Sir Terry Pratchett told the BBC that life since diagnosis had been 'busy'
Two years after being diagnosed with Alzheimer's, Sir Terry Pratchett has appeared on the BBC's The One Show talking about the disease's effects.
He said: "The difficulty is that I've never been 61 before so I don't know how you're supposed to feel."
Sir Terry is patron of Cambridgeshire-based Alzheimer's Research Trust.
His television appearance coincided with the Trust's new advertising campaign which aims to raise awareness of the 820,000 UK dementia-sufferers.
Since being diagnosed by specialists at Addenbrooke's Hospital in December 2007, Sir Terry Pratchett summed up his life, saying: "It's been busy."
'I feel good'
"People ask me how I am," he continued. "And I say 'well I've got it but it's not that much of a problem for me to be honest'.
"I'm speaking as a rich man who can afford not to have to drive myself and that sort of thing, and I can talk to my computer and actually get it to understand me most of the time, and for an author that's the most important thing.
"And I've been doing lots of work for various campaigns... and I feel good."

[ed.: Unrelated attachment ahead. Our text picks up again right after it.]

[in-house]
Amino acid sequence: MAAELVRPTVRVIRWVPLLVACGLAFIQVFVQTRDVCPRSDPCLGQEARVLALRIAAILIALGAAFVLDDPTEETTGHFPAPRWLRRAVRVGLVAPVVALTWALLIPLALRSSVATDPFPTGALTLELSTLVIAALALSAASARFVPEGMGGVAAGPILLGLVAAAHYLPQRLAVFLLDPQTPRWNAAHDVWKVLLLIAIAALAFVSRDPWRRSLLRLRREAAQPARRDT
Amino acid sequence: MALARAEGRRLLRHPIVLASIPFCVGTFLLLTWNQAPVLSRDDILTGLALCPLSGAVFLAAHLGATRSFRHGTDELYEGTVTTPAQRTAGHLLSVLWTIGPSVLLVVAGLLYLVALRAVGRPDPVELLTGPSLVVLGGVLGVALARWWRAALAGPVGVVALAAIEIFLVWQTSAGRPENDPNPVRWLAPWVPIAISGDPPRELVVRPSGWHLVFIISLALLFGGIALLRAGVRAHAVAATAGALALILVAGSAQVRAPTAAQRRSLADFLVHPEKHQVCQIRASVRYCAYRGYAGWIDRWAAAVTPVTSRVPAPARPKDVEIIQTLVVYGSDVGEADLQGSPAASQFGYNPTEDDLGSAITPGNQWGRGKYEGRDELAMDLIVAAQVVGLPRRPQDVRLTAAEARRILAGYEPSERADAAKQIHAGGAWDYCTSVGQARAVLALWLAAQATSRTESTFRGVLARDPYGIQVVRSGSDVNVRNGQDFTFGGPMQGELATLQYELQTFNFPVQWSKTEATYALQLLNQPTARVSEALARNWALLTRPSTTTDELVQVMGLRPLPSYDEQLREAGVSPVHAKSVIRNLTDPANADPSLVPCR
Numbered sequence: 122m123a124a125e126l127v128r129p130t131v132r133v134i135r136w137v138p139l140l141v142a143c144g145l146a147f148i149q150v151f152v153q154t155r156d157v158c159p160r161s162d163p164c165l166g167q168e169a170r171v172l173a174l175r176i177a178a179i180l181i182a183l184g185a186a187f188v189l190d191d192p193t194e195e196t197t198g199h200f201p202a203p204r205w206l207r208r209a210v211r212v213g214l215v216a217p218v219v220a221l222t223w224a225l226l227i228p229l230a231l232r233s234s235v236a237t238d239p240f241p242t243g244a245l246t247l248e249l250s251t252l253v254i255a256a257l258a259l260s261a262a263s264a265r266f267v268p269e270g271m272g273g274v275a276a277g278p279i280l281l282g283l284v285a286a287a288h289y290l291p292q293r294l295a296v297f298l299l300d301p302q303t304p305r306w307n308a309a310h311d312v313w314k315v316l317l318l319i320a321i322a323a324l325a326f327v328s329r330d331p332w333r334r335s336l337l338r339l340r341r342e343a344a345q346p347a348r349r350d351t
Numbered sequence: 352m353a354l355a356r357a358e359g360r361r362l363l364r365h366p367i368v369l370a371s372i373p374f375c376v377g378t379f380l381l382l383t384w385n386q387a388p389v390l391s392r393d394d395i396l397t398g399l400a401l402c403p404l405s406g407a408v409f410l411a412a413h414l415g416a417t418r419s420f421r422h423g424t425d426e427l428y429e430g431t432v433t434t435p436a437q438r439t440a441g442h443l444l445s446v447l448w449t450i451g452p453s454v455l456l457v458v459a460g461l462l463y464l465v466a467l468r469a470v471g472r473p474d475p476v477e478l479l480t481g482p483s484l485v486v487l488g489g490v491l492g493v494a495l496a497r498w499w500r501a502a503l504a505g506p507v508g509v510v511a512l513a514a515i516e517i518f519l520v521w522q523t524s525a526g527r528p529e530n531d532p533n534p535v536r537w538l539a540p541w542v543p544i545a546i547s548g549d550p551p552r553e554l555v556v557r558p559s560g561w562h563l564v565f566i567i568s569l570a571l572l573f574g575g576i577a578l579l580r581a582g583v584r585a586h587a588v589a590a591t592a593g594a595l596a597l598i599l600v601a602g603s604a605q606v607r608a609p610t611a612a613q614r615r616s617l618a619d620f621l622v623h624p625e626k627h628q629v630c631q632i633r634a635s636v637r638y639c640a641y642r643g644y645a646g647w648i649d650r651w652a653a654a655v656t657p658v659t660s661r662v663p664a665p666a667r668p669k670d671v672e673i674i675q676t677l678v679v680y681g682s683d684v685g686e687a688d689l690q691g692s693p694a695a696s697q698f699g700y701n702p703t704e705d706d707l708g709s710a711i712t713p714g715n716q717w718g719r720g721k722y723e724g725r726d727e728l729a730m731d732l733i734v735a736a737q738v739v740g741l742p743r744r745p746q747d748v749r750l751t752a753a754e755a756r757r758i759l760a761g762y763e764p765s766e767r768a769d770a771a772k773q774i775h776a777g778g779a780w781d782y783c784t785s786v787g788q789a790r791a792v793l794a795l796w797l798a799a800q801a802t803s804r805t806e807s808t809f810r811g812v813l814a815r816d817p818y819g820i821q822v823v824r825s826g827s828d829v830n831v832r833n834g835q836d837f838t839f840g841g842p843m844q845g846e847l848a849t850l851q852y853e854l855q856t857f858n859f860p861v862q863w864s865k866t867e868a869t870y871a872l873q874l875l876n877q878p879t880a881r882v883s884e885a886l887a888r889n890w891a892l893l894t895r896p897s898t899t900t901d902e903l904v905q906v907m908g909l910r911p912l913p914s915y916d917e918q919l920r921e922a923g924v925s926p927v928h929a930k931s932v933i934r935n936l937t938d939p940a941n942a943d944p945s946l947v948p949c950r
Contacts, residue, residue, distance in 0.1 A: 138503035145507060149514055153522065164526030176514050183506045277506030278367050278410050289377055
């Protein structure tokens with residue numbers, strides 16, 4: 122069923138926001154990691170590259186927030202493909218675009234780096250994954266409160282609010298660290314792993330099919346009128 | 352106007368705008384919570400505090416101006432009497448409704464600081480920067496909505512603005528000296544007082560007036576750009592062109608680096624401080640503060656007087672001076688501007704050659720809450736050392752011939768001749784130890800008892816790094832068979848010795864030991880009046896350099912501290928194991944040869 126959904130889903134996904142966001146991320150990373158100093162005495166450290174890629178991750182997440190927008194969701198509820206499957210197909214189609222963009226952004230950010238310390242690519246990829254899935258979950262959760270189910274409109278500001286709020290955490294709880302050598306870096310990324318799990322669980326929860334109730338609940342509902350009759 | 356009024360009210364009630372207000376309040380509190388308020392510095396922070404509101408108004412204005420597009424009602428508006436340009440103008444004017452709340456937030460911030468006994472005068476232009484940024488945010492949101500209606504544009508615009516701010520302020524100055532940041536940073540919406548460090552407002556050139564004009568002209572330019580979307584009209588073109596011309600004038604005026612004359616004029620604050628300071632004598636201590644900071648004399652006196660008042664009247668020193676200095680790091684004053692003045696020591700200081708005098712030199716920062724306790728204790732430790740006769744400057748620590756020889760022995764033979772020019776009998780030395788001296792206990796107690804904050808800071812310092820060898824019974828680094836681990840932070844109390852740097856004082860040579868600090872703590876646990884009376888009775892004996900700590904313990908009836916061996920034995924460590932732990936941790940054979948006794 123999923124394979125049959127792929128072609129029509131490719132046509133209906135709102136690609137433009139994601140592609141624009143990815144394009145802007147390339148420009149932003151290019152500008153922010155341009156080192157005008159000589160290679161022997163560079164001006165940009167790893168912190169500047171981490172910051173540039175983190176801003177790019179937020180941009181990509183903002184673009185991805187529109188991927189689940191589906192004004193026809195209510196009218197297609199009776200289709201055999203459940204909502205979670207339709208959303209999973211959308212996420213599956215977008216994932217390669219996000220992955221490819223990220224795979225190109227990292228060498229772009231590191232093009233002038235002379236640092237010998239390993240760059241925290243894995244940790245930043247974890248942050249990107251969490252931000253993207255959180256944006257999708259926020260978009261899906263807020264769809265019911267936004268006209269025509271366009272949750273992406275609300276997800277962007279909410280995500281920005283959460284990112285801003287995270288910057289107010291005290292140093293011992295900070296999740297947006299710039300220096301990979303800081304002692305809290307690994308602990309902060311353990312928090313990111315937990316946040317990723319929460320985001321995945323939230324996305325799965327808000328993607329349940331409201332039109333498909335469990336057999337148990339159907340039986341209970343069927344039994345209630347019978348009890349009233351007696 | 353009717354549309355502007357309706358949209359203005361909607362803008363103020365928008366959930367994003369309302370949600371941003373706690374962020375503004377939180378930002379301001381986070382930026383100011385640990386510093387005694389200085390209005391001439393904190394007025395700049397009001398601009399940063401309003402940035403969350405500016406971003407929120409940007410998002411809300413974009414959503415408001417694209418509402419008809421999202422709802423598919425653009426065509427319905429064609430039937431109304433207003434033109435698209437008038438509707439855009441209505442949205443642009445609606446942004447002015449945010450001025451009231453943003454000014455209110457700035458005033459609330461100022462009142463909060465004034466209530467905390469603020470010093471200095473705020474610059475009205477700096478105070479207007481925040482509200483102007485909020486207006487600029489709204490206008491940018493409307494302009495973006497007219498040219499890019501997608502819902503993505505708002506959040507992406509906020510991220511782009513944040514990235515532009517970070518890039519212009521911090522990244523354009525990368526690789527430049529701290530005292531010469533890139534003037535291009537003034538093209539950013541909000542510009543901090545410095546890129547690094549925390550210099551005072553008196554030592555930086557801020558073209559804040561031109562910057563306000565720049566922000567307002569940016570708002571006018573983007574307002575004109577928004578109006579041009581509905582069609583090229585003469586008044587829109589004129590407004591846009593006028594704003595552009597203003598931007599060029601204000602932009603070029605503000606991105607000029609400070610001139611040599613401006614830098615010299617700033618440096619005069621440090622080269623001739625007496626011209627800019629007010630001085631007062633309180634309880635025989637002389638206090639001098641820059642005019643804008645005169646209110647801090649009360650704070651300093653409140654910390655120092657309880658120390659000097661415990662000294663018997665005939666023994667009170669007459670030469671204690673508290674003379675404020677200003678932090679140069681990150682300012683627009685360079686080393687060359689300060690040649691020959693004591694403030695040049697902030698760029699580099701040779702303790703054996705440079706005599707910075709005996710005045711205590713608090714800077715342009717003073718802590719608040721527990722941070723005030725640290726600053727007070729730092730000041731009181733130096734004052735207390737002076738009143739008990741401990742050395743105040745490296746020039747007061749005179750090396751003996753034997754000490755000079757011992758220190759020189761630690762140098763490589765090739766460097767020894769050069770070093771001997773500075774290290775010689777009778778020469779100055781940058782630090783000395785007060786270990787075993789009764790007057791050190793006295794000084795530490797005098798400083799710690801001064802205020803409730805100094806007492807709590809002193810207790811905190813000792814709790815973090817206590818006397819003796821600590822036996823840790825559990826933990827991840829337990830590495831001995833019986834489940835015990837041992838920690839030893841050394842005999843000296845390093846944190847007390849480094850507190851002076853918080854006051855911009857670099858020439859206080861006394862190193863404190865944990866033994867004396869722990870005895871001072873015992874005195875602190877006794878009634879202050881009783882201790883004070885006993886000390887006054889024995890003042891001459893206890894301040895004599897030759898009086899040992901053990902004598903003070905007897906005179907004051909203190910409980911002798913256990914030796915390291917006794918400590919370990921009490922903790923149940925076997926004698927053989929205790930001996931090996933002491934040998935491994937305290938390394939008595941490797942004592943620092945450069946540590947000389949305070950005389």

Now aged 61, he said that he was not really able to say whether he was feeling the effects of Alzheimer's - he has a rare form of the disease, posterior cortical atrophy - or whether changes in his behaviour could simply be part of the ageing process.
"What I always say is the baby-boomers conspire to believe that they're not getting older, so they say 'well everybody loses their car keys; everybody goes upstairs to find something and forgets why they went up there', so I don't know whether what I'm feeling is the disease or normality."
He said that he tried to remain upbeat as much as possible, and laughed as he said: "I wear a heavy leather jacket and the nice thing about a heavy leather jacket is that it has a shape. It falls into a shape and it's easy to put on.
"I don't put my trousers on upside down or things like that and I can get myself dressed - but I'm always aware of this little problem that I'm overcoming.
"You work around as much as you can. You'll never see me go into a revolving door..." He laughed again and added: "But it would be fun!"
In March 2008, Sir Terry Pratchett pledged $1m to the Alzheimer's Research Trust, and became a patron of the organisation in May that same year.
The Trust has recently launched a UK-wide television campaign to increase awareness and funding of research into the disease.
Two adverts are being shown; one featuring a scientist researching the disease in order to discover new treatments, and the other an emotional appeal from a woman who describes how she lost her husband two years ago - her husband sits next to her staring vacantly into space, physically alive yet no longer aware of who or where he is.
A memory wall project was also launched in Cambridge by the Alzheimer's Research Trust. It features precious memories from well-known names including Sir Terry, Gordon Brown and Sir Michael Parkinson.
The wall is part of a campaign called Memory Matters and will be taken all across the UK, where members of the public will be invited to add their own memories.